“With Ritual, orders are made fresh, not prepped in advance or made through mass production. For restaurants, their entire reputation is their food,” said Sookman, “so being able to control the product is critical. If the customer only gets premade or delivered foods that don’t transport well, they could develop a bad opinion on what the restaurant would typically produce. In the short term, delivery may help sales, but how many customers will really re-order?”

On the tech side of the platform, Ritual knows where you are and when to place an order. Say you want your usual cup of coffee ready to go and able to skip the morning rush. By placing an order on the app, Ritual will know when to place the order based on your geographic location. On the flip side, if you are working in your office and order lunch, the app will tell you when to leave and pick up your food, maximizing your productivity and reducing wait times. For restaurants this allows them to also throttle their business. During peak foot traffic times, they can add longer expected wait times and set better expectations. According to Sookman restaurants saw a top line lift of 20-25 percent in Toronto after using their platform.

Ritual App

Expanding to the States: Chicago

When asked why the team decided to launch in Chicago over any other city in the US, they discussed how similar it is to Toronto.

“They have a fantastic tech community, with vibrant ecosystems. The people in Chicago are open to the app ecosystem, with a lot of foodies and a lot of great food available. There are big professional communities, tech, VC communities… where you see a lot of people where time really matters,” said Sookman. “We drive value in saving money, we drive money in saving time.”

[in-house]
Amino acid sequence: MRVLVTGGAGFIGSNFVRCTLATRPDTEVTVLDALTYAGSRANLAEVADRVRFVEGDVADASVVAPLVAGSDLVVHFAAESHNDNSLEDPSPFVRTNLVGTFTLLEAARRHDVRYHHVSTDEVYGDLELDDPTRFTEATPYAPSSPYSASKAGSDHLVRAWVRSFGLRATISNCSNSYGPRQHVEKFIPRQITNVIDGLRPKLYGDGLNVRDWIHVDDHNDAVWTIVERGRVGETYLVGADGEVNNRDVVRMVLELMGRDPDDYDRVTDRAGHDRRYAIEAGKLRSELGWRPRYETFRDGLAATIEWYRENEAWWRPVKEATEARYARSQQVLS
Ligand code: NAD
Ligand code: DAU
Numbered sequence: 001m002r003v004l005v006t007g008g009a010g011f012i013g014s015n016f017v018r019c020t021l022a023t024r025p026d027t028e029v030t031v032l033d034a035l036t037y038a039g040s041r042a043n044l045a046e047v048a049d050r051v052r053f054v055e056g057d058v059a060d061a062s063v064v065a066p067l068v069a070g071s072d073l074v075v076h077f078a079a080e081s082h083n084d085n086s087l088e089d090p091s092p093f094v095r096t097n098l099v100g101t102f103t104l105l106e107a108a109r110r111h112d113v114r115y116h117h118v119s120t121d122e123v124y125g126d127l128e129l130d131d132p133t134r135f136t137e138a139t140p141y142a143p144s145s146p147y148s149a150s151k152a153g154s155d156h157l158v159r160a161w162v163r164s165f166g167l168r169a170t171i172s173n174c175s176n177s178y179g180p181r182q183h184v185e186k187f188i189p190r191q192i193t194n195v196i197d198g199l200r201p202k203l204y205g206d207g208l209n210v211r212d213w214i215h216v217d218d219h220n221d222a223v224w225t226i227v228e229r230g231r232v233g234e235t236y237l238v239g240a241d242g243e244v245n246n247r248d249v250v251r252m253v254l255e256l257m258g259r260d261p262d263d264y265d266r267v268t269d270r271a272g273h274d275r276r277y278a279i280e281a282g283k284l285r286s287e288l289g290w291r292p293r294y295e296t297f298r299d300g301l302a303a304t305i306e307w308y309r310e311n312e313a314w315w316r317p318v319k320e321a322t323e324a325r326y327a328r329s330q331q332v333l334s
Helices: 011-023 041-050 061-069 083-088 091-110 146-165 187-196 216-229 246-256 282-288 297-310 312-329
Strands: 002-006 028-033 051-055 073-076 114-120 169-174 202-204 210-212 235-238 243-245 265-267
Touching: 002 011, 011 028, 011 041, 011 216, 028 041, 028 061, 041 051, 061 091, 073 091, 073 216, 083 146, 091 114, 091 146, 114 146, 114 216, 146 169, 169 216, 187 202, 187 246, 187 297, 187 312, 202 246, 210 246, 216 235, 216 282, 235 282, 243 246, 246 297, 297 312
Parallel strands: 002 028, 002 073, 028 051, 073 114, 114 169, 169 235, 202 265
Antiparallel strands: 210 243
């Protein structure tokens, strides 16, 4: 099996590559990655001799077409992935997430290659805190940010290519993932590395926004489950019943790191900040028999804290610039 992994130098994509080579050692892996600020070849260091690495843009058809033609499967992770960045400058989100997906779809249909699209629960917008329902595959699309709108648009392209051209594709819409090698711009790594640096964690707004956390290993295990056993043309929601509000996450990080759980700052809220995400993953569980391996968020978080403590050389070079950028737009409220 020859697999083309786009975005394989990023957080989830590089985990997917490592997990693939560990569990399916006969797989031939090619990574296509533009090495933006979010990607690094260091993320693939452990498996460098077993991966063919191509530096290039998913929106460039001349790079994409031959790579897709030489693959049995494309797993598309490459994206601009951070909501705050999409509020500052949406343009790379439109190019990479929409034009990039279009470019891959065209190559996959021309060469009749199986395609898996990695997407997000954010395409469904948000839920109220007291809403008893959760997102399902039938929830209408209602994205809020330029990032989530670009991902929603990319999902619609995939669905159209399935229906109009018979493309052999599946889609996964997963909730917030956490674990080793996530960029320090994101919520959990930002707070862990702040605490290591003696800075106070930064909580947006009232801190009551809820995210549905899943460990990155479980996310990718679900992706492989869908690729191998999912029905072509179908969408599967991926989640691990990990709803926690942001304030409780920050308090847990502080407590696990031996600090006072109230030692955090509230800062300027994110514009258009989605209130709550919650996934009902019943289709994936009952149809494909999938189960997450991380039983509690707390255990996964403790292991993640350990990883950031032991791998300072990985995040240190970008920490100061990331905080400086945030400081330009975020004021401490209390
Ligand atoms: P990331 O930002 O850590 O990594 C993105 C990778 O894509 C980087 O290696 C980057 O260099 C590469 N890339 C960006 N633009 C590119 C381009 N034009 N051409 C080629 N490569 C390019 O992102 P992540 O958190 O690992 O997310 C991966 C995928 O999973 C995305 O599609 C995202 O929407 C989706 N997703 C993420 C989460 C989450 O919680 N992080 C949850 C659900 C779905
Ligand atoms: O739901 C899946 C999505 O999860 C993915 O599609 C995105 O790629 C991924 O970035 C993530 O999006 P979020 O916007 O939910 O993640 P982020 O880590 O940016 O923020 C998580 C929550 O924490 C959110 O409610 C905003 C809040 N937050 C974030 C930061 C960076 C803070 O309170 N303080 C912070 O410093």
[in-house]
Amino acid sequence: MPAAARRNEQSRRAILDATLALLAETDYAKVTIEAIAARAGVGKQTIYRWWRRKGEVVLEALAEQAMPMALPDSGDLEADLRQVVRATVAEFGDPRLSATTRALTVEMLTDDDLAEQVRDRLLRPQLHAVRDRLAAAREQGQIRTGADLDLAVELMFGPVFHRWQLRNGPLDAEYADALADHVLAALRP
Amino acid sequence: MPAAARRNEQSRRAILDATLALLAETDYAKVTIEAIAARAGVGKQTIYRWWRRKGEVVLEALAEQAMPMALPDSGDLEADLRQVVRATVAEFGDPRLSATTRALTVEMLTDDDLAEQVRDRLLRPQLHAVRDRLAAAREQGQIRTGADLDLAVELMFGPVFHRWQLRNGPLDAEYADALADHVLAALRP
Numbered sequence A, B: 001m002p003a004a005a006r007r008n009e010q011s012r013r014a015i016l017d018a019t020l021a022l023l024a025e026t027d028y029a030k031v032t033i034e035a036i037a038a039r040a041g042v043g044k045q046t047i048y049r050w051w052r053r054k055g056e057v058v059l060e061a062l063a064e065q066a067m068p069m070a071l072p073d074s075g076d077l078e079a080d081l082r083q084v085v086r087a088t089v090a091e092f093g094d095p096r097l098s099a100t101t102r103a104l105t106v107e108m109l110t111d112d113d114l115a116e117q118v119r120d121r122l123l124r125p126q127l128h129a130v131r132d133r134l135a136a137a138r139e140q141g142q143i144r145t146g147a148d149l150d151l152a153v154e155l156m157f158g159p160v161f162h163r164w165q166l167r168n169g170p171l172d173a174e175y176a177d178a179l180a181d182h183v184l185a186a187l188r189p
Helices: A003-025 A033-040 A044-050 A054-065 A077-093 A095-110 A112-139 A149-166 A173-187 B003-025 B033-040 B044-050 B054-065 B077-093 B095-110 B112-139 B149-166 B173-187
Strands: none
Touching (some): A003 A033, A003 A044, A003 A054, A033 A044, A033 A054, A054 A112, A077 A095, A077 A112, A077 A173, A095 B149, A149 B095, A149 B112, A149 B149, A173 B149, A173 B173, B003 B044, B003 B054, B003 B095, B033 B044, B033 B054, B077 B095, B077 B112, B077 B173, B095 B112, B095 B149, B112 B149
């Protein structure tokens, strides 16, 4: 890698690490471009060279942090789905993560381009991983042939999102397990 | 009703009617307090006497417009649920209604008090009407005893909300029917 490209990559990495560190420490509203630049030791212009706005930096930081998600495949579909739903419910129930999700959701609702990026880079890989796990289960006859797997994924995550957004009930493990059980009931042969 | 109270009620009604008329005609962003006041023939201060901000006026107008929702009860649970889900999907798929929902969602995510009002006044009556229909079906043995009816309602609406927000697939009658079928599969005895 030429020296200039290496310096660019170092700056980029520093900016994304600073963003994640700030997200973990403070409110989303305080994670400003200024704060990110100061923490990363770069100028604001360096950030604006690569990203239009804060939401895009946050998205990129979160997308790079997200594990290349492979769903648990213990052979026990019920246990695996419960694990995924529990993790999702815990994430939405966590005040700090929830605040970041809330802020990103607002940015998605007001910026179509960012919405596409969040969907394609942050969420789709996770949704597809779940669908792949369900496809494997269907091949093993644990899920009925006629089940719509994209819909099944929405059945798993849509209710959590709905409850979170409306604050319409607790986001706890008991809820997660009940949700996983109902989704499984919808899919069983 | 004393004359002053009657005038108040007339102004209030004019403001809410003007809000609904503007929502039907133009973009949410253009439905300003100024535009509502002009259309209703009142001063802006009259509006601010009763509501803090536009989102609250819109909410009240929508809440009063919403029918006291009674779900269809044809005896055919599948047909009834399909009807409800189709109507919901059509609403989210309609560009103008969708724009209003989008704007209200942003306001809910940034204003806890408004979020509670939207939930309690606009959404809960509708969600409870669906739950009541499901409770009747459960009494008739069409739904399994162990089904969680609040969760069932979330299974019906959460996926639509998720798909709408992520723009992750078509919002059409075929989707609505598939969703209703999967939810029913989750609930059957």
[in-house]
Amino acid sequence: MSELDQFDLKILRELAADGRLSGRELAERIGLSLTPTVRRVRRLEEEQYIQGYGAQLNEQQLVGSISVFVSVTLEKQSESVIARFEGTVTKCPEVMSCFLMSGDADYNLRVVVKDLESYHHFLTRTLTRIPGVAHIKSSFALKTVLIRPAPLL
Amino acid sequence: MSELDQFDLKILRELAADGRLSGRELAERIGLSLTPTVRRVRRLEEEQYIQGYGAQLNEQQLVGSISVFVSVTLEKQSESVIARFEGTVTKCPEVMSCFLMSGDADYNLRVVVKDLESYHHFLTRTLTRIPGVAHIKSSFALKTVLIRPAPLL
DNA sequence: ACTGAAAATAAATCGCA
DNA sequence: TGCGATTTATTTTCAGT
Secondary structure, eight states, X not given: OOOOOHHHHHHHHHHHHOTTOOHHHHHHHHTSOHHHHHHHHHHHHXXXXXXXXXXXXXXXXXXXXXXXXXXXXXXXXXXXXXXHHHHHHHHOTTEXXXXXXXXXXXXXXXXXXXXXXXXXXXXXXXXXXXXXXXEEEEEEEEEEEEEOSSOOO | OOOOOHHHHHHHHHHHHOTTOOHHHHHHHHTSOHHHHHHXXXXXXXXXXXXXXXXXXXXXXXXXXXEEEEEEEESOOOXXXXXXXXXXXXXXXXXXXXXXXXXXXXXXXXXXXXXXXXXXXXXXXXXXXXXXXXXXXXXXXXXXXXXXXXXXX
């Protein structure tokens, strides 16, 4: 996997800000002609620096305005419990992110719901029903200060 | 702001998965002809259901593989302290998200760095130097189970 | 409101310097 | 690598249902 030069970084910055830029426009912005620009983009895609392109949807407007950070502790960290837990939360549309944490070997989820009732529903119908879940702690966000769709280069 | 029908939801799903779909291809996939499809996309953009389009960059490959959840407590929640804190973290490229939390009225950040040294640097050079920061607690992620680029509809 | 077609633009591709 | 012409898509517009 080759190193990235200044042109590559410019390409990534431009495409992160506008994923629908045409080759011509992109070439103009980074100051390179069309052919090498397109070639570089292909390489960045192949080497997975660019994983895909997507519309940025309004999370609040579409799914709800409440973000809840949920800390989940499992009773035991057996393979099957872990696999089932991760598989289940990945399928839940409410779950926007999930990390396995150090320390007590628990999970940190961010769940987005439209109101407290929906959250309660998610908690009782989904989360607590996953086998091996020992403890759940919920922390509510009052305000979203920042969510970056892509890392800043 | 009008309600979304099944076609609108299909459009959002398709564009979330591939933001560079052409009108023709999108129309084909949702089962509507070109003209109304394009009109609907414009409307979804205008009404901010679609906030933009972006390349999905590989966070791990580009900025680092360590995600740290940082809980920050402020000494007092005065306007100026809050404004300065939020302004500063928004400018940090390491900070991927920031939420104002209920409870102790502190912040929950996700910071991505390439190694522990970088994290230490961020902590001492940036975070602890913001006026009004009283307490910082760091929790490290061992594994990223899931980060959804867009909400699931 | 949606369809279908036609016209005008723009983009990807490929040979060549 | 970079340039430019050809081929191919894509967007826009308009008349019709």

For many startups, rapid expansions are the norm. Ritual has decided to go against the grain with a slow and steady approach, focusing on hyperlocal markets. “We have a philosophy to go really slow to go really fast. This was purposely done with Toronto,” said Sookman.

Before picking up speed, the team goes through as many data points as possible, embraces what appears to be working, and adjusts what may be broken. Last June they only had 50 participating sponsors in Toronto, and now they’ve got more than 400.

“In Chicago we have 275 partners already. Ultimately we are going from one US city, and the next expansion may be two. We spend a lot of time working with vendors,” said Sookman.

Since launching in Chicago the team has reportedly seen thousands of orders in the first few weeks alone. They plan to expand their coverage area in Chicago over the next year.

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Elliot is an award winning journalist deeply ingrained in the startup world and is often digging into emerging technology and data. When not writing, he's likely either running or training for a triathlon. You can contact him by email at elliot(@)elliotvolkman.com or follow him on Twitter @thejournalizer.